Bonnie Prince Charlie in Derby

Charles Edward Stuart was the grandson of King James II who had been forced to abdicate from the British throne in 1688. Charles’ father had briefly attempted to take the throne in 1715 but had not been able to raise the support in Scotland to challenge for the throne. So in 1745, it fell to Charles, Bonnie Prince Charlie as he would become known, to take up the Stuart cause.

He landed in Northern Scotland in July and proceeded south gathering support and in September took Edinburgh. He defeated the British forces at Prestonpans and decided to make a rapid descent on London. He marched south but although he did not encounter much resistance, he received little support and tired and worn-out his army reached Derby on 4th December 1745. During the 5th a messenger arrived with information that a large British force blocked the road to London and that two others were approaching from the West Midlands. Unbeknown to the Stuarts, this was inaccurate as all 3 forces were still days away and the road to London was still open. Acting on the information as they understood it, the Scottish Lords argued for retreat and Charles reluctantly agreed.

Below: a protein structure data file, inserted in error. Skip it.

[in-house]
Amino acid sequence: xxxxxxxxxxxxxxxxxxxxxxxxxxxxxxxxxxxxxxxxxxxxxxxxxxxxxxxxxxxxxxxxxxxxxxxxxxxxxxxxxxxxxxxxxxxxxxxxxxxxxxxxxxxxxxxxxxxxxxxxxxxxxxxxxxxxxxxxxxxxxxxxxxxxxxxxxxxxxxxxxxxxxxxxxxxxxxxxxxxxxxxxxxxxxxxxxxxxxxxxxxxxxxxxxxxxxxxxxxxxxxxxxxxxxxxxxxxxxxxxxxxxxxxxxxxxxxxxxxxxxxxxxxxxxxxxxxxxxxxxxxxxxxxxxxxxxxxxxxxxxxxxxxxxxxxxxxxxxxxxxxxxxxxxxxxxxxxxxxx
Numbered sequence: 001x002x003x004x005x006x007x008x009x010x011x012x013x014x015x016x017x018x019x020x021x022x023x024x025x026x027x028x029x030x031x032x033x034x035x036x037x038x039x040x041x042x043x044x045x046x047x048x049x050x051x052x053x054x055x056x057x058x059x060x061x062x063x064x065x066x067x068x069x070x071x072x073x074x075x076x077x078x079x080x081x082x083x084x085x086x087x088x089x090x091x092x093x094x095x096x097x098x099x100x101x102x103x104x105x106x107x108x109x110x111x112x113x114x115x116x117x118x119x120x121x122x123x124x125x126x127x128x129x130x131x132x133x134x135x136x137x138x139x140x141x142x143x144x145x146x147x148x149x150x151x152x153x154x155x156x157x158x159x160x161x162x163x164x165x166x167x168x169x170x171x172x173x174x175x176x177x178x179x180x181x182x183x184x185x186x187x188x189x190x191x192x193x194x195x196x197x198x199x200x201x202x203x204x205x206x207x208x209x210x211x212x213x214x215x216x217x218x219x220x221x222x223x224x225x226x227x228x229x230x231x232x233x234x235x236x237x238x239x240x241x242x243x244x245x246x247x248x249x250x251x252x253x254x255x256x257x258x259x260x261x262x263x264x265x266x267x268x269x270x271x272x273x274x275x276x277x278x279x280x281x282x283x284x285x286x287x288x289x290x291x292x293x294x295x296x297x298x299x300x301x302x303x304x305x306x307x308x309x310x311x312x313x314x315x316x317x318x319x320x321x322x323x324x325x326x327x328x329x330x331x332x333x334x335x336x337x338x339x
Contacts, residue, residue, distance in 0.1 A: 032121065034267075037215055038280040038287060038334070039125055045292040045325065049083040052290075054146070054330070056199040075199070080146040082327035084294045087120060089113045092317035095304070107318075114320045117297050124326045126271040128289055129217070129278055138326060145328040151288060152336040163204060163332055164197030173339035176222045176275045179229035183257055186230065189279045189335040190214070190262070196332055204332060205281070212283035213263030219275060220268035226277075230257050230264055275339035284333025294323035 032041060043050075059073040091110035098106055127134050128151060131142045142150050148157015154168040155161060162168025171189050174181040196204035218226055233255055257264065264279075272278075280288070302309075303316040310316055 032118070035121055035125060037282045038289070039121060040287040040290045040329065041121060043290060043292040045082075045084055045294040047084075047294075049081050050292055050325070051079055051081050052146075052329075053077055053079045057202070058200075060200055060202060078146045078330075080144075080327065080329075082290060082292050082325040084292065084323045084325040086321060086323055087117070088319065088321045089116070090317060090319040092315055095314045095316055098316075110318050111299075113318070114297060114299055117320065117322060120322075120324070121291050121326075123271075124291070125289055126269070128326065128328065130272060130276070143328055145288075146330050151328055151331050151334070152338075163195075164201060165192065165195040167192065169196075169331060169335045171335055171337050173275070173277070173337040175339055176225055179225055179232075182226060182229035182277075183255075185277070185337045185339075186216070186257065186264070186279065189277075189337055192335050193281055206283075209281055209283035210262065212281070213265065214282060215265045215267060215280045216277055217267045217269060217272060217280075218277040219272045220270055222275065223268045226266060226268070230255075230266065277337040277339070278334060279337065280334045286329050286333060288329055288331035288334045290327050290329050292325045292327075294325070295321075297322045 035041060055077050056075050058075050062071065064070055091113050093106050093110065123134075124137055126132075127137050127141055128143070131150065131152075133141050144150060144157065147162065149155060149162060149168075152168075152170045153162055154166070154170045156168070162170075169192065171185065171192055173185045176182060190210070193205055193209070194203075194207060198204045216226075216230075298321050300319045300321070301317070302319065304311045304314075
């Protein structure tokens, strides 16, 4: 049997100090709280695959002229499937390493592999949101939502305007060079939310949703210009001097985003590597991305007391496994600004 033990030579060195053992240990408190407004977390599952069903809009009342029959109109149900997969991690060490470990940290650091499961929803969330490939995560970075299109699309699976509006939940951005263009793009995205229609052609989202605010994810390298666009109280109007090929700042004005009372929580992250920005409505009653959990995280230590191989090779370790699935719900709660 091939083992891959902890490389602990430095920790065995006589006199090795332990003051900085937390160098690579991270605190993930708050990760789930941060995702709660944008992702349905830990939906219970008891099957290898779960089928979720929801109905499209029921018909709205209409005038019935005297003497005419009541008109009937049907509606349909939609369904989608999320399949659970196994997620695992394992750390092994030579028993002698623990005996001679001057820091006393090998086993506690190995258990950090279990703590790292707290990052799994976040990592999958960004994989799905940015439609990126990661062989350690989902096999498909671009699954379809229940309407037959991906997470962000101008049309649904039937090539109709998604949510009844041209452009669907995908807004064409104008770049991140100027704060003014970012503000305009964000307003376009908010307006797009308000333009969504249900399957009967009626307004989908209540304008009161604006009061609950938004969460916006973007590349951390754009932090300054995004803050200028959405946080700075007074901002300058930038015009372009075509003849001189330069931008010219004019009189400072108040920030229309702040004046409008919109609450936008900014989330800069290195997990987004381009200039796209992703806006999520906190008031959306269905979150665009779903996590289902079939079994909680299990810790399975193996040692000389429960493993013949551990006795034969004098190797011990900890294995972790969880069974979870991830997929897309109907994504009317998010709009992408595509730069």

A reconstruction of the room in Exeter House where the Jacobites held their council of war in Derby (items and furnishings removed when it was demolished)

So a day after reaching Derby they began to march north again and kept going until they reached Glasgow. Another British army was encountered near Falkirk and the Scots again were successful, but despite this, the generals and Lords still argued for a return to their Highland lands to regroup. This delay was all the British Generals needed to muster their forces and the final battle was fought at Culloden near Inverness and resulted in a massive defeat for the Stuart army.

Charles escaped and despite a large reward and some narrow escapes he made it back to the continent where he continued to live until 1788. 

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